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S 1139

The "Humane Society" is trying to End the breeding of DOMESTIC dogs & cats

HSUS President Pacelle's opposition to cloning of pets comes in fact from his organization's anti-animal views. He stated it most clearly in 1993: "One generation and out. We have no problems with the extinction of domestic animals."

Did someone open the ninth gate to Hell? Where are these people coming from?

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dustmeat November 13th, 2005
It's pretty safe to say that they will never achieve that dream

vulpesrex November 13th, 2005
While I don't agree with the sentiments expressed by the HSUS president, I read the version of the prospective bill posted at your link, and the changes to the current statute do not seem particularly bad. Could you perhaps point out what I seem to be missing?

I DO note that it seems to be aimed more at the rattier types of breeders, like "Puppy Mills", who work at creating pets in the same way that chicken farms raise stock for chicken meat, and exploit every trendy pet fad as it comes down the line, flooding the country with shar-peis, bichon-frieses, dalmatians, most in poor health and genetically weak. Many of the facilities-related provisions look like what I would find at a better pet-boarding facility. The provisions such as contracted veterinary services, food-preparation, and documented animal tracking are pretty much used by the more respectable breeding kennels in the country already, but such places command very high prices for their animals, at low margin. But then, such establishments are not just about The Bottom Line, like the puppy mills or the "pin money" breeders.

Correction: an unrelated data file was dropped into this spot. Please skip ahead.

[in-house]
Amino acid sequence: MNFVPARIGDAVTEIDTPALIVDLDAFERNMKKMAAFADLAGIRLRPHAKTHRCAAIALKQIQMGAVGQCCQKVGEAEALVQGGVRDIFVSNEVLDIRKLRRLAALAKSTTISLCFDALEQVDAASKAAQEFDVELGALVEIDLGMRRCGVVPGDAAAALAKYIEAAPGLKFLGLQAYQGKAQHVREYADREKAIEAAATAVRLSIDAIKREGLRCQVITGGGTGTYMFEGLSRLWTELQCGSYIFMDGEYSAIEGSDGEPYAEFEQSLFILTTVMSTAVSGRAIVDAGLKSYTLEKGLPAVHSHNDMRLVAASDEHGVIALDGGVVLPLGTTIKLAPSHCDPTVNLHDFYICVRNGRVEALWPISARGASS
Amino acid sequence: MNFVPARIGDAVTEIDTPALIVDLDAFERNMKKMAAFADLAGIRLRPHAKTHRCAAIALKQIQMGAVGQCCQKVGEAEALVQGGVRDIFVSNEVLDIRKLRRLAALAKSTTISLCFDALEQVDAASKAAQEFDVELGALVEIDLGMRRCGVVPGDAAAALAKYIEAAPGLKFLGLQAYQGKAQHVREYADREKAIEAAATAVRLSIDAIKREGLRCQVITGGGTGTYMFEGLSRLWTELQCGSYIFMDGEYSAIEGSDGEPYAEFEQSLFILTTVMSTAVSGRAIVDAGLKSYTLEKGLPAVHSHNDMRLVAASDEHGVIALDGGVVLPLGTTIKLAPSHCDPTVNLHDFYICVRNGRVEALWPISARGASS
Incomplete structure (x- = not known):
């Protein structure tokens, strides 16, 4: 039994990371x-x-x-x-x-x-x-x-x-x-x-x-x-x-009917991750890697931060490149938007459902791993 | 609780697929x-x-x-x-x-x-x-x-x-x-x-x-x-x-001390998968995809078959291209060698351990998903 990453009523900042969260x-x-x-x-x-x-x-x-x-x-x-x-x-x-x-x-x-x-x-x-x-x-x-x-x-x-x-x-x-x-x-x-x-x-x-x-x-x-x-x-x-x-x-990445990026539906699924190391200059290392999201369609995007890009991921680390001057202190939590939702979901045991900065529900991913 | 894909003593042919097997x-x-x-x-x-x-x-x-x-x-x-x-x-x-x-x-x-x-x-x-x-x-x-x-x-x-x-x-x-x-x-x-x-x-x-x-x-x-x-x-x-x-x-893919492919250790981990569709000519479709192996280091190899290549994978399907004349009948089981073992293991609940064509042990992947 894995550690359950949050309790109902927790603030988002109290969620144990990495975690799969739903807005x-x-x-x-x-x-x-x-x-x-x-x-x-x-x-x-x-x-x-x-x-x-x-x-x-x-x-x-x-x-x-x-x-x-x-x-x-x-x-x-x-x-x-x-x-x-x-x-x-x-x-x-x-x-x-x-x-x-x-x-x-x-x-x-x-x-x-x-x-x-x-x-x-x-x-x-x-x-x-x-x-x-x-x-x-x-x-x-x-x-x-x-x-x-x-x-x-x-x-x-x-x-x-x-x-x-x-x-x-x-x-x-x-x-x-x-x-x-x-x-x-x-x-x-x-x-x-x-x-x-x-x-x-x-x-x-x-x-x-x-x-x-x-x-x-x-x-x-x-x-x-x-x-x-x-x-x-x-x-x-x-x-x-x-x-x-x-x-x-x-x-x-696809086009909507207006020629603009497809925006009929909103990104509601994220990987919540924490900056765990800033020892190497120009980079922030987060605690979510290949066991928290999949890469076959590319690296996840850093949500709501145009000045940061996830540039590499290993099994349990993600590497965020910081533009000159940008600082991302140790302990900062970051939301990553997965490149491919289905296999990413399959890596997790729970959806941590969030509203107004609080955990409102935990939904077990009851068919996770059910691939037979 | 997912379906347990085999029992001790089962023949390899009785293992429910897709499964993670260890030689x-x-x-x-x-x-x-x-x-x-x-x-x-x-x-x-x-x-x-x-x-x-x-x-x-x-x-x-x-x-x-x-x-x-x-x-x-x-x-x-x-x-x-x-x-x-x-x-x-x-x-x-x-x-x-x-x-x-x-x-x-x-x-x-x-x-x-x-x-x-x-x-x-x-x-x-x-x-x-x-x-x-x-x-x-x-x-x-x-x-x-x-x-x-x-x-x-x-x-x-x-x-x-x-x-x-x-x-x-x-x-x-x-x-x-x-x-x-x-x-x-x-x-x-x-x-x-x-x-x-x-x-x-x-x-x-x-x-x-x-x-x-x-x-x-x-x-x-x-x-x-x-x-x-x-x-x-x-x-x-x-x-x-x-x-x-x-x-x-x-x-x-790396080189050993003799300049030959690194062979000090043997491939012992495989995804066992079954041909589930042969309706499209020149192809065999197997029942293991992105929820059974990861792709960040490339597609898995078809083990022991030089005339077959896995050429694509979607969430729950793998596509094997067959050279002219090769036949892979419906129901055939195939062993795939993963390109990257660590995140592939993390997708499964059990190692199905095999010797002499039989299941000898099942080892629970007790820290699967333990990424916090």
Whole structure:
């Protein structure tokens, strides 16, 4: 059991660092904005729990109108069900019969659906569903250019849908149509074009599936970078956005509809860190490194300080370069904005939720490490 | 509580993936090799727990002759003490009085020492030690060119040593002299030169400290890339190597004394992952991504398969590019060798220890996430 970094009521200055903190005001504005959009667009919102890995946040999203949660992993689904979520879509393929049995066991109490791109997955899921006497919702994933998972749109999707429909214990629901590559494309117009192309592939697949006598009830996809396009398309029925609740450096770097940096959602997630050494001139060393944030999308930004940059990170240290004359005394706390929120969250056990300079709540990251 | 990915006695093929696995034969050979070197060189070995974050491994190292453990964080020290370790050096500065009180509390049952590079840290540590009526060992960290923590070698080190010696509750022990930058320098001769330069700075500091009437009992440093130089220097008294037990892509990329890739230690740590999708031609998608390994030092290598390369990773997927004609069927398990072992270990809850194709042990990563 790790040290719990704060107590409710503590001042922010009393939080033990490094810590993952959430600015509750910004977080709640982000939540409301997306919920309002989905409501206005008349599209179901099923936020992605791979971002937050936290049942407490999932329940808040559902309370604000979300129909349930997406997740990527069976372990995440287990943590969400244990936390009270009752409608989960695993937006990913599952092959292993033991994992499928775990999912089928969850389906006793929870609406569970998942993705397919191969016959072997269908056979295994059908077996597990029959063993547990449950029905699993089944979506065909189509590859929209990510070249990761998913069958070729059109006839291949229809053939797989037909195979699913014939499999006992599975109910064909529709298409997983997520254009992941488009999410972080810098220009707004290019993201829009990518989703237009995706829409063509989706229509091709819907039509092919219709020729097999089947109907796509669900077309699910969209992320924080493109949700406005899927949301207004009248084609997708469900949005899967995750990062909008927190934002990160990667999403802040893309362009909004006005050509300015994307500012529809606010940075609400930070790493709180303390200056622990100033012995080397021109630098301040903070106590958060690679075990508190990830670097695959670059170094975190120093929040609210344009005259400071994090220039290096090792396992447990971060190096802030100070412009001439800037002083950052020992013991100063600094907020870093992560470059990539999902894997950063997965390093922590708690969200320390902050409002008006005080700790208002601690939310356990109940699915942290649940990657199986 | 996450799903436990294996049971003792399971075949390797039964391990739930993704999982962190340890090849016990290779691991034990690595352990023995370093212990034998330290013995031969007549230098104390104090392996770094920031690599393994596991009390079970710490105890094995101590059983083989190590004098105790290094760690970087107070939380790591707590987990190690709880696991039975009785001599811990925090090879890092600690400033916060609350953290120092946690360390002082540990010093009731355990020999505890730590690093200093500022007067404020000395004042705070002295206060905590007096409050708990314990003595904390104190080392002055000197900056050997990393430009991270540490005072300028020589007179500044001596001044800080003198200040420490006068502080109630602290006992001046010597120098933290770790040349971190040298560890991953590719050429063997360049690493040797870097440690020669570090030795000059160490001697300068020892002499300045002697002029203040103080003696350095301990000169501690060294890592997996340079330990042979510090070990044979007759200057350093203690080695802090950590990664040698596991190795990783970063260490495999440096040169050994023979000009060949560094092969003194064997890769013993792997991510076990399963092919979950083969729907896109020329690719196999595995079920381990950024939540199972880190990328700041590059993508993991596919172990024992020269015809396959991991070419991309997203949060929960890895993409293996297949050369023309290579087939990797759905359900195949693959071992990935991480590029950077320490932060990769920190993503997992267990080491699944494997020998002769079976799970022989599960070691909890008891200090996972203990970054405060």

As to it being a federal matter, I _think_ this is because of the nature of such business, being interstate commerce, a category of business often regulated by the feds. You buy a sick puppy, either as the owner or the retailer, and you have little recourse under state law against the breeder in Arkansas or Alabama or Oklahoma. But then again, the original motivation may have been to pre-empt 50 different battles in 50 different statehouses, and the Interstate Commerce aspect is just a convenient opening. Who knows?

I ALSO note that, in defining and enumerating the various types of businesses and intended end-users of dogs, which would be exempted from such expensive and inconvenient provisions of compliance, that the statute seems to leave a conspicuous hole around DOG RACING. This is an industry which produces - and consumes - large quantities of dogs...

...And the fellow who posted the letter, alerting us to the dangers of this bill, is in the business of raising whippets. I rather suspect that many of his animals don't make it to a family home.

You are right, Pacelle's statement is outrageous, and chilling - but I don't see the connection, or the danger in this particular bill. If I have somehow overlooked it, then please, point out what I seem to be missing?

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